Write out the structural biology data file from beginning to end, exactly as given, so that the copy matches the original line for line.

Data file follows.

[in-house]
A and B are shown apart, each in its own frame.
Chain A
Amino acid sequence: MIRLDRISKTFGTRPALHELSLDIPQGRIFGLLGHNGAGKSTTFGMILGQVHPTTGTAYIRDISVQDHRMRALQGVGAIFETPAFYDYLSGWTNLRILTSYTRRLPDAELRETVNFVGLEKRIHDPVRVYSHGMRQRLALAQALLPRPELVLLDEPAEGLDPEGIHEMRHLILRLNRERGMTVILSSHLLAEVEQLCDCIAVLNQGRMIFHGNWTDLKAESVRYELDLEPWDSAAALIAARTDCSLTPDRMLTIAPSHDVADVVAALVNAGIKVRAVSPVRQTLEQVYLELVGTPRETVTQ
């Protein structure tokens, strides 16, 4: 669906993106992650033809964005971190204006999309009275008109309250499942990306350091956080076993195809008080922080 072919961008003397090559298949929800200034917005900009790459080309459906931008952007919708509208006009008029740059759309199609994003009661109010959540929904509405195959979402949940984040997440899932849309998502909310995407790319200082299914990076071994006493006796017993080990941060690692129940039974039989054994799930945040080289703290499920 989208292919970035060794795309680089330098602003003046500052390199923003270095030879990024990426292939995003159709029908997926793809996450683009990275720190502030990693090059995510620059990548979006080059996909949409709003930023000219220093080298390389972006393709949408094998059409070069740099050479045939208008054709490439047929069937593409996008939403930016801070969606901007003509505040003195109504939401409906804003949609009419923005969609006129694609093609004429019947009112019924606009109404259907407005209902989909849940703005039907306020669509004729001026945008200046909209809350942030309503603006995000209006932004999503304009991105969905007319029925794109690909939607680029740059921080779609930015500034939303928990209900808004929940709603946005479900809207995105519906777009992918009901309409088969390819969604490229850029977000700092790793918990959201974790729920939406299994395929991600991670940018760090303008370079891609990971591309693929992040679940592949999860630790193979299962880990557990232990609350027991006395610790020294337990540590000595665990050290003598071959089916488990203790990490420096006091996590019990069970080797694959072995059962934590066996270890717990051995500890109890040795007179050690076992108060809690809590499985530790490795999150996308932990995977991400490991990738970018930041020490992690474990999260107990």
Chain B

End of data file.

[in-house]
A and B are shown apart, each in its own frame.
Chain A
Amino acid sequence: MIRLDRISKTFGTRPALHELSLDIPQGRIFGLLGHNGAGKSTTFGMILGQVHPTTGTAYIRDISVQDHRMRALQGVGAIFETPAFYDYLSGWTNLRILTSYTRRLPDAELRETVNFVGLEKRIHDPVRVYSHGMRQRLALAQALLPRPELVLLDEPAEGLDPEGIHEMRHLILRLNRERGMTVILSSHLLAEVEQLCDCIAVLNQGRMIFHGNWTDLKAESVRYELDLEPWDSAAALIAARTDCSLTPDRMLTIAPSHDVADVVAALVNAGIKVRAVSPVRQTLEQVYLELVGTPRETVTQ
């Protein structure tokens, strides 16, 4: 669906993106992650033809964005971190204006999309009275008109309250499942990306350091956080076993195809008080922080 072919961008003397090559298949929800200034917005900009790459080309459906931008952007919708509208006009008029740059759309199609994003009661109010959540929904509405195959979402949940984040997440899932849309998502909310995407790319200082299914990076071994006493006796017993080990941060690692129940039974039989054994799930945040080289703290499920 989208292919970035060794795309680089330098602003003046500052390199923003270095030879990024990426292939995003159709029908997926793809996450683009990275720190502030990693090059995510620059990548979006080059996909949409709003930023000219220093080298390389972006393709949408094998059409070069740099050479045939208008054709490439047929069937593409996008939403930016801070969606901007003509505040003195109504939401409906804003949609009419923005969609006129694609093609004429019947009112019924606009109404259907407005209902989909849940703005039907306020669509004729001026945008200046909209809350942030309503603006995000209006932004999503304009991105969905007319029925794109690909939607680029740059921080779609930015500034939303928990209900808004929940709603946005479900809207995105519906777009992918009901309409088969390819969604490229850029977000700092790793918990959201974790729920939406299994395929991600991670940018760090303008370079891609990971591309693929992040679940592949999860630790193979299962880990557990232990609350027991006395610790020294337990540590000595665990050290003598071959089916488990203790990490420096006091996590019990069970080797694959072995059962934590066996270890717990051995500890109890040795007179050690076992108060809690809590499985530790490795999150996308932990995977991400490991990738970018930041020490992690474990999260107990």
Chain B